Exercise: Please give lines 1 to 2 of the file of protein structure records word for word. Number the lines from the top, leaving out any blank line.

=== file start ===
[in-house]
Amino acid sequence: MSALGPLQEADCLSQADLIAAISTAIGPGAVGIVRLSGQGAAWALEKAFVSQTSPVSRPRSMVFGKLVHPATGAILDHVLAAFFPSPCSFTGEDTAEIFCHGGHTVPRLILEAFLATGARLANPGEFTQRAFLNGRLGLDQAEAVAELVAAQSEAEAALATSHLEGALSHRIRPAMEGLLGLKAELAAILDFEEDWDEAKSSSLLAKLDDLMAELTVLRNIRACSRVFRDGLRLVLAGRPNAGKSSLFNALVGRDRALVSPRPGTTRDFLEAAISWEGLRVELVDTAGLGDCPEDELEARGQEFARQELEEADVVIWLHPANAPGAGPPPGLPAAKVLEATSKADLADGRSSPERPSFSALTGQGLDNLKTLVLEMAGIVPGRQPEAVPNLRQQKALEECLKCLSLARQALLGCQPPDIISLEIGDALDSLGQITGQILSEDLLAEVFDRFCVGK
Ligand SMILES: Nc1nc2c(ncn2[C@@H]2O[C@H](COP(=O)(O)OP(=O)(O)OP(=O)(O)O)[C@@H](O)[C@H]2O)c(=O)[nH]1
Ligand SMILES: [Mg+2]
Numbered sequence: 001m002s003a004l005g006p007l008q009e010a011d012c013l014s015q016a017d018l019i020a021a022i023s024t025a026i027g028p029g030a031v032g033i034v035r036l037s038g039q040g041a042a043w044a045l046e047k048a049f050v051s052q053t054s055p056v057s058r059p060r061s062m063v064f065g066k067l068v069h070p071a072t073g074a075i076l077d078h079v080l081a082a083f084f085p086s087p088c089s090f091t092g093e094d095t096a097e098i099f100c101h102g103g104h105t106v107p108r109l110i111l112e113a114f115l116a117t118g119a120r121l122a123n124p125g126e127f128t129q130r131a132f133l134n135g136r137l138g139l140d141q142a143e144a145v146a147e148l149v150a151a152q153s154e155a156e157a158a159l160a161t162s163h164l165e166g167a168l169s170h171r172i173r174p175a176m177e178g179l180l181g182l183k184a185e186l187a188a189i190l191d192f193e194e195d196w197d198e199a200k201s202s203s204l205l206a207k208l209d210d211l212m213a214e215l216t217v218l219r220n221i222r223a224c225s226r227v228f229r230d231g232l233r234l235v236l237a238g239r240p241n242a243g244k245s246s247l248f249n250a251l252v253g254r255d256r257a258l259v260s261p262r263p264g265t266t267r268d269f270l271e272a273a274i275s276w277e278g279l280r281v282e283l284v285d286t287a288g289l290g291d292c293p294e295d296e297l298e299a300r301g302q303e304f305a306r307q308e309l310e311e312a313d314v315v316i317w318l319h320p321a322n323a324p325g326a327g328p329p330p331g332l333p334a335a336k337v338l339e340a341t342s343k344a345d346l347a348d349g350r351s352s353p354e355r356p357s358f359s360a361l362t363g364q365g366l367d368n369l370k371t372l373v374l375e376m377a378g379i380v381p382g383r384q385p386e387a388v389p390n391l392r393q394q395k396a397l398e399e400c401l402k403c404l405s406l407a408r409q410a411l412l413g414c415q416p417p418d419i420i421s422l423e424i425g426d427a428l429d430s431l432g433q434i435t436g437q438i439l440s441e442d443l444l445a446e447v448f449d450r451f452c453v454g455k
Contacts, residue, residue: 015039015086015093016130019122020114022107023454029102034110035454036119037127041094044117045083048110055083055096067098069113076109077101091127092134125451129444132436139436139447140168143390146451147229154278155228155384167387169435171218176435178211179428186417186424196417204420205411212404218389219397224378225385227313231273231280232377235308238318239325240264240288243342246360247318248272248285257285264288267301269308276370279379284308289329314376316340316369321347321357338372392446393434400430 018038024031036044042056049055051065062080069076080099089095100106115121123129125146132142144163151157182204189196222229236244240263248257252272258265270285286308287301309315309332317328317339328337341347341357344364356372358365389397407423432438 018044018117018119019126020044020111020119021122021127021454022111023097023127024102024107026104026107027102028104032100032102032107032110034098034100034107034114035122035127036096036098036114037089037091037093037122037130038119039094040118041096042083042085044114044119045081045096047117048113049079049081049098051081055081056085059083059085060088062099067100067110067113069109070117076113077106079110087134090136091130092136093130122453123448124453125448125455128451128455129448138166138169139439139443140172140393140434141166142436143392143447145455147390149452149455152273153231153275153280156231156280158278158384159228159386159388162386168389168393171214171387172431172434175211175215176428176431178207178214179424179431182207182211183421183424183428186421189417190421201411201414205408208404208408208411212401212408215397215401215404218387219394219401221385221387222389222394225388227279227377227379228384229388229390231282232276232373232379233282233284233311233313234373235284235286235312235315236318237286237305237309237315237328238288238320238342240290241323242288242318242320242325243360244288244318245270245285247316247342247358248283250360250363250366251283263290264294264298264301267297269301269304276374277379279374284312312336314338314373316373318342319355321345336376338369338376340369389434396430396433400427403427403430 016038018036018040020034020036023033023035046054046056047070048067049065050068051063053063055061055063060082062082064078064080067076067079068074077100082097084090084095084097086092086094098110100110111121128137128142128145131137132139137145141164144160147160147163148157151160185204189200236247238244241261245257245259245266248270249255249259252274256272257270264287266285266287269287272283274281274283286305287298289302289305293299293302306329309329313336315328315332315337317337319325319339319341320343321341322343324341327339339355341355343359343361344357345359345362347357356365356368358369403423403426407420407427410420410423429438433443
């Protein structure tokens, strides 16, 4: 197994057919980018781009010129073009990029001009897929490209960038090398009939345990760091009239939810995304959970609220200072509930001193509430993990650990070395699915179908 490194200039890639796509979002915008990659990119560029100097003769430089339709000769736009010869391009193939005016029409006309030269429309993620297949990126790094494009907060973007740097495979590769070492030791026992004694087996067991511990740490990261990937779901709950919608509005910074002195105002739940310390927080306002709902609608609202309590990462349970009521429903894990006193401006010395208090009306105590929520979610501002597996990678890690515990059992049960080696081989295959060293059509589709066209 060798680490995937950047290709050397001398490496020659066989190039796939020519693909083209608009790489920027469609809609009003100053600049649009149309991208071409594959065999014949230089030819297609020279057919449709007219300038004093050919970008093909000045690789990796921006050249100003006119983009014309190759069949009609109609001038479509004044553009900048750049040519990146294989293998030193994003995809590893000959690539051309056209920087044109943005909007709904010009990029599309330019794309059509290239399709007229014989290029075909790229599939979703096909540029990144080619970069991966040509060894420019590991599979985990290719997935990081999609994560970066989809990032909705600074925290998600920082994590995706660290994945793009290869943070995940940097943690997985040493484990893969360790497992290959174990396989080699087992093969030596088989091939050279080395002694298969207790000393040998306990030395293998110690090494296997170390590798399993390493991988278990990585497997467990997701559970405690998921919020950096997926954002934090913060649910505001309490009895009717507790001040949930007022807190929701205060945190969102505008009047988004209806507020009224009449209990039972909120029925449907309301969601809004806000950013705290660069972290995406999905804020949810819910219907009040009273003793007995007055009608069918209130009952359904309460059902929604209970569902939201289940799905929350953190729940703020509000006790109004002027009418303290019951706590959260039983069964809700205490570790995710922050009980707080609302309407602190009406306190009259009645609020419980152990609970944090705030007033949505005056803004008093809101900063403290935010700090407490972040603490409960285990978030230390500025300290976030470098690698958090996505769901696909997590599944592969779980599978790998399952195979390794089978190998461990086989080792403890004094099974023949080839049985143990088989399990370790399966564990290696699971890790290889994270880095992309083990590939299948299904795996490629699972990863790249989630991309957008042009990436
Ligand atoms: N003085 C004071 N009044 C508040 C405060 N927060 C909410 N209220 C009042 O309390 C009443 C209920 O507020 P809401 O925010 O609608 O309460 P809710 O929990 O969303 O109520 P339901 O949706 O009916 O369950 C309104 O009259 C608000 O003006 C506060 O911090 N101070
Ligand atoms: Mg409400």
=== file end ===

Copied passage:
[in-house]
Amino acid sequence: MSALGPLQEADCLSQADLIAAISTAIGPGAVGIVRLSGQGAAWALEKAFVSQTSPVSRPRSMVFGKLVHPATGAILDHVLAAFFPSPCSFTGEDTAEIFCHGGHTVPRLILEAFLATGARLANPGEFTQRAFLNGRLGLDQAEAVAELVAAQSEAEAALATSHLEGALSHRIRPAMEGLLGLKAELAAILDFEEDWDEAKSSSLLAKLDDLMAELTVLRNIRACSRVFRDGLRLVLAGRPNAGKSSLFNALVGRDRALVSPRPGTTRDFLEAAISWEGLRVELVDTAGLGDCPEDELEARGQEFARQELEEADVVIWLHPANAPGAGPPPGLPAAKVLEATSKADLADGRSSPERPSFSALTGQGLDNLKTLVLEMAGIVPGRQPEAVPNLRQQKALEECLKCLSLARQALLGCQPPDIISLEIGDALDSLGQITGQILSEDLLAEVFDRFCVGK